The lack of any significant deterrent to Russia's annexation of Crimea makes more territorial grabs far more likely and is made possible by repeated demonstrations of U.S. weakness throughout the Obama administration.
Meanwhile at least four countries remain vulnerable to Russian aggression and annexation.
On Tuesday, Russian President Vladimir Putin welcomed Crimea as part of Russia despite most Western nations declaring Sunday's referendum illegitimate. In announcing the annexation of Crimea, Putin also declared Russia has no more territorial ambitions, a statement that experts say should send chills down our spines.
"When you hear someone who has just gobbled up a piece of real estate say they're not going to do it again, the first thing you better look at is where they're likely to go next," said Center for Security Policy President Frank Gaffney, who served as assistant secretary of defense for international security policy in the Reagan administration.
"As with Adolf Hitler, who promised after he gobbled up the Sudetenland that he would not take all of Czechoslovakia and did and then proceeded to move rapaciously through the rest of Europe, my feeling is we're likely to see a similar kind of agenda playing out with Vladimir Putin," Gaffney said.
He said eastern Ukraine, Moldova, Latvia and Lithuania are all extremely vulnerable to Russian annexation.
WND is now reporting Moscow has flexed its military muscle with jet fighter and helicopter flights over Georgia, a country with which Russia went to war in 2008. Putin also may now be looking to take the rest of Ukraine because of its geo-strategic importance.
"Nobody knows for sure, but what I think is likely is that we're going to see more of this if there isn't any appreciable cost to Putin. At the moment, such cost as the United States and its European allies haven't been willing even to discuss, let alone to impose, are clearly inadequate to the task," Gaffney said.
Listen to the WND/Radio America interview with Center for Security Policy President Frank Gaffney below:
On Monday, President Obama announced he was tightening sanctions on a handful of key Russian individuals and that the U.S. would be in close consultation with its European allies. Gaffney said Obama's response is "cosmetic" and barely got the attention of Putin and other key officials.
WND is also reporting there is an undertow of resistance among European companies toward further sanctions against Russia. After the initial, tepid sanctions assessed by the EU and U.S., Washington’s interest in further penalties likely will put it at odds with Europe, which relies on Russia as a major trading partner.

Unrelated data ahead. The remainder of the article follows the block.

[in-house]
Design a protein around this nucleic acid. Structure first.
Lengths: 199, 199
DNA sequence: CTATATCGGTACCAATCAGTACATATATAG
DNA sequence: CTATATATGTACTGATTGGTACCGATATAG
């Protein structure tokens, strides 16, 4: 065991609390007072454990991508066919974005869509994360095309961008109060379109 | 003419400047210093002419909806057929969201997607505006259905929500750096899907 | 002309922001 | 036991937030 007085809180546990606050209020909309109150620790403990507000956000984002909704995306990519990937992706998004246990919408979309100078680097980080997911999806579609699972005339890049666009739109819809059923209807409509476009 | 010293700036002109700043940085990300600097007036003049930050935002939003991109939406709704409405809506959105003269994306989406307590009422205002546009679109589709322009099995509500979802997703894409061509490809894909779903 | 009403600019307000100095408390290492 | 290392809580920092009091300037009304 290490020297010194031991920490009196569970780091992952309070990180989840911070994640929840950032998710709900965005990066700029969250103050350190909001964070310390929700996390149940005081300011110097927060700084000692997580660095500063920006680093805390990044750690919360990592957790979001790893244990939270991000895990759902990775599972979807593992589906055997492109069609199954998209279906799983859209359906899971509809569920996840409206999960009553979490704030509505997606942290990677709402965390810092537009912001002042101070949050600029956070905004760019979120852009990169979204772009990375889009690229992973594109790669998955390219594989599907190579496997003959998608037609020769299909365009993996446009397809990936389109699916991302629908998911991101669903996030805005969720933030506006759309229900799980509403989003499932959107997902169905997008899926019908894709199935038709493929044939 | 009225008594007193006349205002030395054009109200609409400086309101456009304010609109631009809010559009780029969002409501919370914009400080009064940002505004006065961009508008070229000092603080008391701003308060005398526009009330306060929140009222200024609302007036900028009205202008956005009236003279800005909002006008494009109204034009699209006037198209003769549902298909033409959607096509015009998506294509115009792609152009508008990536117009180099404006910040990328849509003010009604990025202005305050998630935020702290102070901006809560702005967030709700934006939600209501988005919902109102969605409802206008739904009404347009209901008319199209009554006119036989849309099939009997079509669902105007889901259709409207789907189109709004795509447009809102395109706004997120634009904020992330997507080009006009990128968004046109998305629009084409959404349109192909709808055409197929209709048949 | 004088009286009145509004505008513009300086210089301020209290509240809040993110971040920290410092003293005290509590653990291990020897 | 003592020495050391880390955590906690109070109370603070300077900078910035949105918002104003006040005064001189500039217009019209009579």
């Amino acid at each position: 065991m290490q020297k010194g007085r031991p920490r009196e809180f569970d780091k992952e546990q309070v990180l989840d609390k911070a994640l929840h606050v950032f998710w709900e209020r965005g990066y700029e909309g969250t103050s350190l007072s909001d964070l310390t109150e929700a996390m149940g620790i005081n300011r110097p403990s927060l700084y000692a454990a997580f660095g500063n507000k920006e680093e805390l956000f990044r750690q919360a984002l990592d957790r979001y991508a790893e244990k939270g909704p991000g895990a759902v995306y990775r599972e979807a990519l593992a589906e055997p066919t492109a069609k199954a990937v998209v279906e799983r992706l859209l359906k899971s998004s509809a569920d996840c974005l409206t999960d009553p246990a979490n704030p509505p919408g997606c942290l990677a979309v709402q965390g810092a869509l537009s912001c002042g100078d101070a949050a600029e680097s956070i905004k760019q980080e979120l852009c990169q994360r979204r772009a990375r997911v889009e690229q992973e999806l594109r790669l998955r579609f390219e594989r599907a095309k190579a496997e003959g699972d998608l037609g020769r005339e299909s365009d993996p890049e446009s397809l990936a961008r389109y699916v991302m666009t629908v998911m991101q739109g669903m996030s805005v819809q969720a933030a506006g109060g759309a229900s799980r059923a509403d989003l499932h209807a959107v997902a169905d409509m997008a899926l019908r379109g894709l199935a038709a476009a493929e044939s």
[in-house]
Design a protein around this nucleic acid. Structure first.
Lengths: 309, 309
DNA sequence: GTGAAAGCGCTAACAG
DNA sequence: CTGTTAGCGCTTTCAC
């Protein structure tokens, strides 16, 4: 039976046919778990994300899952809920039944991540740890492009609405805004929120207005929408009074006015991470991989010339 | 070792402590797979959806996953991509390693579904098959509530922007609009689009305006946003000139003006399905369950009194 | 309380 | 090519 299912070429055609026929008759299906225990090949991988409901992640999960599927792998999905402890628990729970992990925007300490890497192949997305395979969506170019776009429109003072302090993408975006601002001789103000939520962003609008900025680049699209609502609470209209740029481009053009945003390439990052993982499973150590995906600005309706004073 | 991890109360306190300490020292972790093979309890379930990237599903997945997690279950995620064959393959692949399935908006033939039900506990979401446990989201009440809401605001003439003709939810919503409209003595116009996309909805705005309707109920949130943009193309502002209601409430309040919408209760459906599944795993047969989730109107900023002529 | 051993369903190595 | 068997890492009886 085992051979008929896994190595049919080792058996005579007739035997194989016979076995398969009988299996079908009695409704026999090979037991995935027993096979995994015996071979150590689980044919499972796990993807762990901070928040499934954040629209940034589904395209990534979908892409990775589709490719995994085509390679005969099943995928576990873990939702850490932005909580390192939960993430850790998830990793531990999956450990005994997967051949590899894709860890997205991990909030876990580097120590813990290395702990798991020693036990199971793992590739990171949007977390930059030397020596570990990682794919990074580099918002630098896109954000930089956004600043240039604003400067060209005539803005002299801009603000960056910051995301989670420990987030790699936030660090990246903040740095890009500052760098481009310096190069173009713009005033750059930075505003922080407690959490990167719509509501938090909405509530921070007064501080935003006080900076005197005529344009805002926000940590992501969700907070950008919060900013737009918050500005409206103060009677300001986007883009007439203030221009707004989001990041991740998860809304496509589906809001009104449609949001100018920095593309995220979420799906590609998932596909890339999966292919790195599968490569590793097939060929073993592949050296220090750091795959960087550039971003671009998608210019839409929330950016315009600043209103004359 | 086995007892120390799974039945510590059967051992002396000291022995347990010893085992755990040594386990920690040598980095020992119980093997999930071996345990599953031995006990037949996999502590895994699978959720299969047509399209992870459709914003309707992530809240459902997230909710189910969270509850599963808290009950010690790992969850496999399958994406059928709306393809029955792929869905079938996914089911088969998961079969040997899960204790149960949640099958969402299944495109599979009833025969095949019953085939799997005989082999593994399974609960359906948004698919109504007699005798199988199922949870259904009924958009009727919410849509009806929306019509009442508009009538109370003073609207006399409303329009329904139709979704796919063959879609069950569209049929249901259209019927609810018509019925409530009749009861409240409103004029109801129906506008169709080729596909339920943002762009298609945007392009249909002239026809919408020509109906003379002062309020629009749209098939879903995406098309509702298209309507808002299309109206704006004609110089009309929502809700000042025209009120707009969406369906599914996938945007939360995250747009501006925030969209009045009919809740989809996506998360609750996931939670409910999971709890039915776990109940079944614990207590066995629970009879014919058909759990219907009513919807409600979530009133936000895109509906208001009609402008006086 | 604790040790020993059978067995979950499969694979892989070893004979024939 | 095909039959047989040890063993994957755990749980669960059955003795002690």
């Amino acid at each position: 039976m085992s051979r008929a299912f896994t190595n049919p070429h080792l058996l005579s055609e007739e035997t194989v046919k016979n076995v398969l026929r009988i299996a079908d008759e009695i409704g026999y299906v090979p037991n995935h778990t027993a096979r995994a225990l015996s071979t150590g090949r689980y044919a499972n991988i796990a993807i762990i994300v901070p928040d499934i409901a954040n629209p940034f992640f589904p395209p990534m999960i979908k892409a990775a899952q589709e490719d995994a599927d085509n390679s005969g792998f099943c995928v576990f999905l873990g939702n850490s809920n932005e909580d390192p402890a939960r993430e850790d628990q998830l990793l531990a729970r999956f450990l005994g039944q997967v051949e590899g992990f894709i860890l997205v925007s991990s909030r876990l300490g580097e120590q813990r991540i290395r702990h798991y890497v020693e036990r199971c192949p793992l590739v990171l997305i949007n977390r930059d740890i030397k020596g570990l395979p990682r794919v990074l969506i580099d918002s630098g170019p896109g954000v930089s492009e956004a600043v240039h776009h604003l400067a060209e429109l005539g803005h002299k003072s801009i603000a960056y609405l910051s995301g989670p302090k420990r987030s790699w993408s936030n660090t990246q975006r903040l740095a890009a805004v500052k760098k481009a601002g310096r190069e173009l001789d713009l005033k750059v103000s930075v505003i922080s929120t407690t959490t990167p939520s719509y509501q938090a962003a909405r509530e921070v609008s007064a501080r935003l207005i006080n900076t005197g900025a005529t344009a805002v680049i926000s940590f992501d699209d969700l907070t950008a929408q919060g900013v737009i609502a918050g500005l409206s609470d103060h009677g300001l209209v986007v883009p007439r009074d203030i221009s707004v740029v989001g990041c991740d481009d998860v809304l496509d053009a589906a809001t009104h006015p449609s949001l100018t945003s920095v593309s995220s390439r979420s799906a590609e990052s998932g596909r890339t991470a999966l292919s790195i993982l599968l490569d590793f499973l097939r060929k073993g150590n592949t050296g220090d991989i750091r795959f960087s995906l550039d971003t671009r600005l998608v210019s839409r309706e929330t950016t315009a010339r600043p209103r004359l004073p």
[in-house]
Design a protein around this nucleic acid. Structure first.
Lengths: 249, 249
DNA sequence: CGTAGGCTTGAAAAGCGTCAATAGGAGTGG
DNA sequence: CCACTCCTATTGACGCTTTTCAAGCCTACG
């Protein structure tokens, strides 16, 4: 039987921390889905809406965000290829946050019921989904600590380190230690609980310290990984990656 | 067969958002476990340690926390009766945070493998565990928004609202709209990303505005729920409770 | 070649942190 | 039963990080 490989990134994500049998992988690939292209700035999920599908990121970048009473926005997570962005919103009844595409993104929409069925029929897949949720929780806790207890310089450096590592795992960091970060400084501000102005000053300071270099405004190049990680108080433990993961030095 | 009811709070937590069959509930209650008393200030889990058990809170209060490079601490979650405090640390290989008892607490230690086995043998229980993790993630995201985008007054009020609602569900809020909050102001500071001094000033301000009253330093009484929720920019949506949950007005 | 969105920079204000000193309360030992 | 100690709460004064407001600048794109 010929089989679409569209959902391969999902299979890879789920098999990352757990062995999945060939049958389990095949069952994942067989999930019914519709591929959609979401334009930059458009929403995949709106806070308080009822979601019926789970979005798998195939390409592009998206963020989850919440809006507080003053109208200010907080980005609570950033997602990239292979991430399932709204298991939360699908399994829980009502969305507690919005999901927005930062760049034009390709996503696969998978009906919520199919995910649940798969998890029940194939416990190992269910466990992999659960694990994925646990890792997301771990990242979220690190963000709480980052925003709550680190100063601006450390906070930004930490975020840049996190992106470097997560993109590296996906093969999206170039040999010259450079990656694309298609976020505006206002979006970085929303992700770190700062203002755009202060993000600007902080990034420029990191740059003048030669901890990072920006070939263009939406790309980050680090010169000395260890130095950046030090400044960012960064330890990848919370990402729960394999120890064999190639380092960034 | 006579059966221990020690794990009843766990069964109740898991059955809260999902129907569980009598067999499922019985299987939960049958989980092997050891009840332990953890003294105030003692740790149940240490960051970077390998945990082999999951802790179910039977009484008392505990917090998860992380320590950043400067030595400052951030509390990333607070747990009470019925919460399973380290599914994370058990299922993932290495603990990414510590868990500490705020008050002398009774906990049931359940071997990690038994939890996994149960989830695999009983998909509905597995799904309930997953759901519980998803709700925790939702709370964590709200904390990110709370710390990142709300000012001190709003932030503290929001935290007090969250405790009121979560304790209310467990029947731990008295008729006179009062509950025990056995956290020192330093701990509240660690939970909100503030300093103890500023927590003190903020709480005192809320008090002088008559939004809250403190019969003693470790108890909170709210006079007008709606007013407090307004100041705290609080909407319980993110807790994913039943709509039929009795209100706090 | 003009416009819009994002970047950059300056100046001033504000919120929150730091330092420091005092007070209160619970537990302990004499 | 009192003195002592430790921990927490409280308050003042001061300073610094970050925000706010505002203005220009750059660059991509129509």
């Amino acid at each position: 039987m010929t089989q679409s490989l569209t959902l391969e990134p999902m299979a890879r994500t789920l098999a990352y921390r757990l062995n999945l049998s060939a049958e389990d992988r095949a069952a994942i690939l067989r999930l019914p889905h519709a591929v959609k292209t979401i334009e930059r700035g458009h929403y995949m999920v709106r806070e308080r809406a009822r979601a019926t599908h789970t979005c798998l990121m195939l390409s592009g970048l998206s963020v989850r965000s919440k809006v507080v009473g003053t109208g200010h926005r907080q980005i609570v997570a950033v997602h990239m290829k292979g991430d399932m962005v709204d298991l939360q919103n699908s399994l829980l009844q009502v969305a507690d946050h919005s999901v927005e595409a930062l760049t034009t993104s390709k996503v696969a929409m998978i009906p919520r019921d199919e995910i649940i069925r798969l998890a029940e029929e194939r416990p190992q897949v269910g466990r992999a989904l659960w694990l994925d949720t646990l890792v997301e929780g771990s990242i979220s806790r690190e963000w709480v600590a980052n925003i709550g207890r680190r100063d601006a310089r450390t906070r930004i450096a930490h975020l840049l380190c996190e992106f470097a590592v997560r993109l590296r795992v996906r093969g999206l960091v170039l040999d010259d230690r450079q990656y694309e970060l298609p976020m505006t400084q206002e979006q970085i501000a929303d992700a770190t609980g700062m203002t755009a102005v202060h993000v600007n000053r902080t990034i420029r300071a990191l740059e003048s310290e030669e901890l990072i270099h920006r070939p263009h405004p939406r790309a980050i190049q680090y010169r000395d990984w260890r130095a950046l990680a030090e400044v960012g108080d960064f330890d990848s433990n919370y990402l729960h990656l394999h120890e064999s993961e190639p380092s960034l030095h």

"If we were serious about this, what we should be doing, recognizing that what we're up against now is a guy with the ambition of constituting maybe the Soviet Union 2.0 minus the communist ideology, maybe it's just the Russian empire. Whatever it is, it's something very much akin to what we've seen in the past. When we dealt effectively with it in the past under Ronald Reagan, we not only contained this kind of behavior, we rolled it back. I think that's the plan that needs to be adopted now," Gaffney said.
So how much different is U.S. standing with Russia than just five years ago at the close of the George W. Bush presidency? How has Obama's "reset button" and gestures like scrapping plans for a missile shield in eastern Europe hurt America's ability to deter aberrant behavior by Russia?
And how would Putin calculate differently if this were early 2009?
Gaffney sees one major difference that emboldens Putin.
"For one thing, we would not have essentially eviscerated the United States military. We would not have seen the sequence of steps that have been perceived by our enemies. I call it the Obama doctrine, emboldening our foes, undermining our friends and diminishing our country. The combination of hollowing out our armed forces and demonstrating this kind of behavior has created what (former Defense Secretary) Don Rumsfeld quite accurately has described as a phenomenon of weakness that is provocative," he said.
"I think if you were to go back to 2009 and you had not seen these sort of steps, we might have been in a position to check this kind of aggression or deter it in the first place, which we are sadly not able to do today."
But now that we're in our current position, what does Gaffney expect from Obama if Putin seeks to acquire more territory?
"My guess is from what we have witnessed to date – both in this immediate crisis and over the previous five years of this presidency – is that he will basically say never mind about those red lines," he said. "He will find a way to accommodate himself to the new reality, only in this case that reality is going to continue to become uglier by the day."